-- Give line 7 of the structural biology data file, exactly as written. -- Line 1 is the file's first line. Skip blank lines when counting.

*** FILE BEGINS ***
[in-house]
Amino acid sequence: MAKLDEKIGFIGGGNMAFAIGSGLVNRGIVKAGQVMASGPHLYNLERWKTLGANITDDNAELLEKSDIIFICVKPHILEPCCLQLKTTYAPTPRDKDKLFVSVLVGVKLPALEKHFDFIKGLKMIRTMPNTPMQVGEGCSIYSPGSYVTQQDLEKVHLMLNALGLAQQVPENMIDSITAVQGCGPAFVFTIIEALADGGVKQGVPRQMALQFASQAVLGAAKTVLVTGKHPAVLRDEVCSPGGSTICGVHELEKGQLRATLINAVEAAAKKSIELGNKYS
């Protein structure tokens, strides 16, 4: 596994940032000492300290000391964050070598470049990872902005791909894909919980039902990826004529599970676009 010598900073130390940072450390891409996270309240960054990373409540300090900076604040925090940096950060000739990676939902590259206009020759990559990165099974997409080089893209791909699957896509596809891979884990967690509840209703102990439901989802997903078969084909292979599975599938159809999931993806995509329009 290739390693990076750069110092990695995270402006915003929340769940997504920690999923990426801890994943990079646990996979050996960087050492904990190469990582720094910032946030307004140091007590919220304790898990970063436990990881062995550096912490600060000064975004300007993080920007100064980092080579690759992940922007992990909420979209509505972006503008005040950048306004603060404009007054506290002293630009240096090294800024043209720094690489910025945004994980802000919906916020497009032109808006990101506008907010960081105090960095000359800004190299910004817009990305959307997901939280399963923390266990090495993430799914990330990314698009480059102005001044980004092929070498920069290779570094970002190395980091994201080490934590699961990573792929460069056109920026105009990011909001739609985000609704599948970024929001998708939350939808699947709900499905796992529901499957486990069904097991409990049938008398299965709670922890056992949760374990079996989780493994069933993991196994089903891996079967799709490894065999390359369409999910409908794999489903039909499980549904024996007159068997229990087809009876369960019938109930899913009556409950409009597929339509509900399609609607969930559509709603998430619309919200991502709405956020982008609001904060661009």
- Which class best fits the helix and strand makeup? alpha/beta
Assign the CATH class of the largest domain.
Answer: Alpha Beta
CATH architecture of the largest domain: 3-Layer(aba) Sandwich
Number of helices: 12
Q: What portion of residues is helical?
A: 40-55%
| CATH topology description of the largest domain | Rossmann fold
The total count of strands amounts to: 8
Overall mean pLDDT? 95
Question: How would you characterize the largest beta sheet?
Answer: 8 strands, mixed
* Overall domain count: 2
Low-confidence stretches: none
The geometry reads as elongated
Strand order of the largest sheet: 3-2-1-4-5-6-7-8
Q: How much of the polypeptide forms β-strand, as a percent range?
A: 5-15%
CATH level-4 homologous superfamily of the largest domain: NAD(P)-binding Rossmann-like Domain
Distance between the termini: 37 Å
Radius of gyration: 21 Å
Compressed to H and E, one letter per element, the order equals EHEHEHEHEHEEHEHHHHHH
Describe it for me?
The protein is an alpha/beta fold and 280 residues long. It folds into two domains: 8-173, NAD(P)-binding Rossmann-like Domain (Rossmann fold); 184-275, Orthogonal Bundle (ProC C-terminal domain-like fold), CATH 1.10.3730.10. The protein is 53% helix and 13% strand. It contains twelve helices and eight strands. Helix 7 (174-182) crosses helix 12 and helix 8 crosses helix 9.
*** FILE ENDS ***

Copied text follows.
CATH architecture of the largest domain: 3-Layer(aba) Sandwich